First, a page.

H-4 coumarin), 8.06 (d, 1H, H-5 quinolone, J = 13.06 Hz), 8.69 (s,
1H, H-2 quinolone), 15.12 (s, 1H, COOH).
Compound 8h
IR (KBr, cm – 1) 3454, 1728, 1627, 1608, 1492, 1456, 1337, 1258,
1046, 889, 760; 1H-NMR (500 MHz, DMSO-d6) 1.17 – 1.22 (m, 2H,
cyclopropyl), 1.35 – 1.42 (m, 2H, cyclopropyl), 2.68 – 2.76 (m, 4H,
piperazine), 3.17 – 3.25 (m, 4H, piperazine), 3.47 – 3.56 (m, 1H,
cyclopropyl), 3.93 (s, 2H, C-CH2-N), 4.04 (s, 3H, O-CH3), 7.29 (d, 1H,
H-8 quinolone), 7.34 (t, 1H, H-6 coumarin, J = 7.52 Hz), 7.39 (d,
1H, H-8 coumarin, J = 8.62 Hz), 7.56 – 7.62 (m, 2H, H-5 and H-7
coumarin), 7.94 (s, 1H, H-4 coumarin), 8.01 (d, 1H, H-5 quinolone,
J = 13.08 Hz), 8.78 (s, 1H, H-2 quinolone), 15.05 (s, 1H, COOH).
Compound 8i
Compound 8d
IR (KBr, cm – 1) 3443, 1719, 1669, 1629, 1484, 1473, 1387, 1258;
1
H-NMR (500 MHz, DMSO-d6) 1.39 (t, 3H, CH3, J = 7.07 Hz), 2.62 –
2.68 (m, 4H, piperazine), 3.22 – 3.30 (m, 4H, piperazine), 3.46 (s,
2H, CNOH-CH2), 4.56 (q, 2H, CH2-CH3, J = 7.17 Hz), 7.15 (d, 1H, H-8
quinolone, J = 7.26 Hz), 7.40 (t, 1H, H-6 coumarin, J = 7.75 Hz),
7.45 (d, 1H, H-8 coumarin, J = 8.30 Hz), 7.66 (dt, 1H, H-7 coumarin, J = 7.75 and 1.46 Hz), 7.77 (dd, 1H, H-5 coumarin, J = 7.73
and 1.19 Hz), 7.91 (d, 1H, H-5 quinolone, J = 13.28 Hz), 8.15 (s, 1H,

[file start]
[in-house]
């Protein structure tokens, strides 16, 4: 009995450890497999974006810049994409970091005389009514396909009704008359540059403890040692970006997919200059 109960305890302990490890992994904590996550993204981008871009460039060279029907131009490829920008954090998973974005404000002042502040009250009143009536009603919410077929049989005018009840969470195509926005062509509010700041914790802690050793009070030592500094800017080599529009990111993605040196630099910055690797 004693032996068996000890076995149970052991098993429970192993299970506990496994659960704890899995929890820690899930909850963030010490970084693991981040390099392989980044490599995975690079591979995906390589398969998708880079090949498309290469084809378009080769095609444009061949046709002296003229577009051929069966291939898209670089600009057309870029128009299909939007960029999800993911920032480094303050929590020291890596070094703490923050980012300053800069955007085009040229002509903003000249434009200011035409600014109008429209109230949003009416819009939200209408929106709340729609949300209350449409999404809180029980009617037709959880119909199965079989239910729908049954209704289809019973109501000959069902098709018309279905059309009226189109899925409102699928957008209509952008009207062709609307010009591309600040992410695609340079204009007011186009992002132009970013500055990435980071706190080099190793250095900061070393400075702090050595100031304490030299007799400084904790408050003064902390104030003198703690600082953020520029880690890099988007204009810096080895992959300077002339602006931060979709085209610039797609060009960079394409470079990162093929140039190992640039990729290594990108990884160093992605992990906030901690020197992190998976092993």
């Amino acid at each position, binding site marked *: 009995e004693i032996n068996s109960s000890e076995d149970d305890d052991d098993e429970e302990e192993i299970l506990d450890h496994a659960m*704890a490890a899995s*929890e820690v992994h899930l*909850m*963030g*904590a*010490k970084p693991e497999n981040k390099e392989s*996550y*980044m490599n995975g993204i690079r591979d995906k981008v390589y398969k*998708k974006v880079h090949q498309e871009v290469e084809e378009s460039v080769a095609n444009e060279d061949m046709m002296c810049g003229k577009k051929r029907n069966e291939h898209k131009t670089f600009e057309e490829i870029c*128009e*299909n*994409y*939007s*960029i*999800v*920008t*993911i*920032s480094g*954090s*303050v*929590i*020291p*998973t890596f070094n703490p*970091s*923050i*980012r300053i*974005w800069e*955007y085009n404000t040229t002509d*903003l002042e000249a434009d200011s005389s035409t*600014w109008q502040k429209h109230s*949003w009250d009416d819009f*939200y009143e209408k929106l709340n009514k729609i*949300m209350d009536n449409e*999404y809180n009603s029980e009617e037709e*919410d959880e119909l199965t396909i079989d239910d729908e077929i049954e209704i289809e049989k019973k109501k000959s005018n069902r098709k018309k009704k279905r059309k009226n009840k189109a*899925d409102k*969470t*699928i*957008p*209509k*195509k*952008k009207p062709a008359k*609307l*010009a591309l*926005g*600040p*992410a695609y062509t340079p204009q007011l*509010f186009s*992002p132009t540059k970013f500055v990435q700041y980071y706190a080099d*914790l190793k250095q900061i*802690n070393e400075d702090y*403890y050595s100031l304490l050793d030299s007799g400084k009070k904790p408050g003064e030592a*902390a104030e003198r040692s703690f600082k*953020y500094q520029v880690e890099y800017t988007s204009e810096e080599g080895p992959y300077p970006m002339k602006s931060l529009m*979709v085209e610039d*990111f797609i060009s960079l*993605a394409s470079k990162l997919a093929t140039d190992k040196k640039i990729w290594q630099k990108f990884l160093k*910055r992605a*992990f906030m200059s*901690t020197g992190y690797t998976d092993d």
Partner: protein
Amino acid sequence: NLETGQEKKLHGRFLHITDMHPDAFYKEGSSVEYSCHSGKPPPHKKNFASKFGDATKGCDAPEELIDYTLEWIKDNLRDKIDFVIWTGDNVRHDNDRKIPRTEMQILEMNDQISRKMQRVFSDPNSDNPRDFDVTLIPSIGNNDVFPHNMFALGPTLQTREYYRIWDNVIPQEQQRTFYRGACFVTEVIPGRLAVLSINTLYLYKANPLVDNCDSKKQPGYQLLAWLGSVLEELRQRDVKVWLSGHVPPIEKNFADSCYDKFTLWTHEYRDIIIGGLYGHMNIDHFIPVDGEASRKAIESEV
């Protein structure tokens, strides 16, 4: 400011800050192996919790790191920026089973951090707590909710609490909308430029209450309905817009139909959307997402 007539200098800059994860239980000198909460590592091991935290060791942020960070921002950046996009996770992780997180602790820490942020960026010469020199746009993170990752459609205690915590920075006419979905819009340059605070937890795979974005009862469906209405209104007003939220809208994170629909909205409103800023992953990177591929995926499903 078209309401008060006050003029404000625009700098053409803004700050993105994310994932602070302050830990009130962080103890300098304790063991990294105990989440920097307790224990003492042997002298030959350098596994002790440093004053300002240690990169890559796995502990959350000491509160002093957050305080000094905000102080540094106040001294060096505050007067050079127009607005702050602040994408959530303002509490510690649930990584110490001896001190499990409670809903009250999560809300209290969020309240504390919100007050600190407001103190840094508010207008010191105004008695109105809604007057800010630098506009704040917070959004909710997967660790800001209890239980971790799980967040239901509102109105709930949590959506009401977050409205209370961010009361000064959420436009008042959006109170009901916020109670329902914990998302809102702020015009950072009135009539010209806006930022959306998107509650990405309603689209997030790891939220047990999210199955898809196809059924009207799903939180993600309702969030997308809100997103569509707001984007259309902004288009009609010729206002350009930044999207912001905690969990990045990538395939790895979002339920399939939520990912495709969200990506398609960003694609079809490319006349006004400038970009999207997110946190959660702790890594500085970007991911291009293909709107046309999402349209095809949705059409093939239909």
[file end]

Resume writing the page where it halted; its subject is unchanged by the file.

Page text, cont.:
H-4 coumarin), 8.94 (s, 1H, H-2 quinolone), 11.31 (s, 1H, oxime),
15.35 (s, 1H, COOH).
IR (KBr, cm – 1) 3444, 1739, 1630, 1468, 1262, 1126, 1040, 1006,
885, 806, 747; 1H-NMR (500 MHz, DMSO-d6) 1.50 (t, 3H, CH3, J =
7.18 Hz), 2.63 – 2.68 (m, 4H, piperazine), 3.72 – 3.78 (m, 4H, piperazine), 3.90 (s, 2H, C-CH2-N), 4.03 (s, 3H, O-CH3), 4.40 (q, 2H, CH2CH3, J = 7.19 Hz), 7.35 (dt, 1H, H-6 coumarin, J = 7.71 and
0.86 Hz), 7.40 (d, 1H, H-8 coumarin, J = 8.35 Hz), 7.57 – 7.63 (m,
2H, H-5 and H-7 coumarin), 7.95 (s, 1H, H-4 coumarin), 8.10 (d,
1H, H-5 quinolone, J = 13.36 Hz), 8.71 (s, 1H, H-2 quinolone),
15.08 (s, 1H, COOH).
Compound 8j
Compound 8e
IR (KBr, cm – 1) 3428, 1720, 1627, 1455, 1385, 1337, 1261, 760; 1HNMR (500 MHz, DMSO-d6) 1.10 – 1.20 (m, 2H, cyclopropyl), 1.25 –
1.35 (m, 2H, cyclopropyl), 2.59 – 2.70 (m, 4H, piperazine), 3.09 –
3.42 (m, 4H, piperazine), 3.74 (s, 2H, CNOH-CH2), 3.76 – 3.90 (m,
1H, cyclopropyl), 7.00 (d, 1H, H-8 quinolone, J = 8.32 Hz), 7.40 (t,
1H, H-6 coumarin, J = 7.62 Hz), 7.56 (d, 1H, H-8 coumarin, J =
7.34 Hz), 7.66 (dt, 1H, H-7 coumarin, J = 7.33 and 1.26 Hz), 7.77
(d, 1H, H-5 coumarin, J = 7.69 Hz), 7.91 (d, 1H, H-5 quinolone, J =
13.47 Hz), 8.14 (s, 1H, H-4 coumarin), 8.66 (s, 1H, H-2 quinolone),
11.31 (s, 1H, oxime), 15.21 (s, 1H, COOH).
Compound 8f
IR (KBr, cm – 1) 3431, 1716, 1630, 1444, 1372, 1262, 809, 762; 1HNMR (500 MHz, DMSO-d6) 1.39 (t, 3H, CH3, J = 7.18 Hz), 2.67 – 2.73
(m, 4H, piperazine), 3.80 – 3.89 (m, 4H, piperazine), 3.72 (s, 2H,
CNOH-CH2), 4.51 (q, 2H, CH2-CH3, J = 7.15 Hz), 7.38 (t, 1H, H-6 coumarin, J = 7.83 Hz), 7.39 (d, 1H, H-8 coumarin, J = 7.76 Hz), 7.53
(dt, 1H, H-7 coumarin, J = 7.70 and 1.48 Hz), 7.77 (dd, 1H, H-5 coumarin, J = 7.70 and 1.17 Hz), 8.11 (d, 1H, H-5 quinolone, J =
i
2008 WILEY-VCH Verlag GmbH & Co. KGaA, Weinheim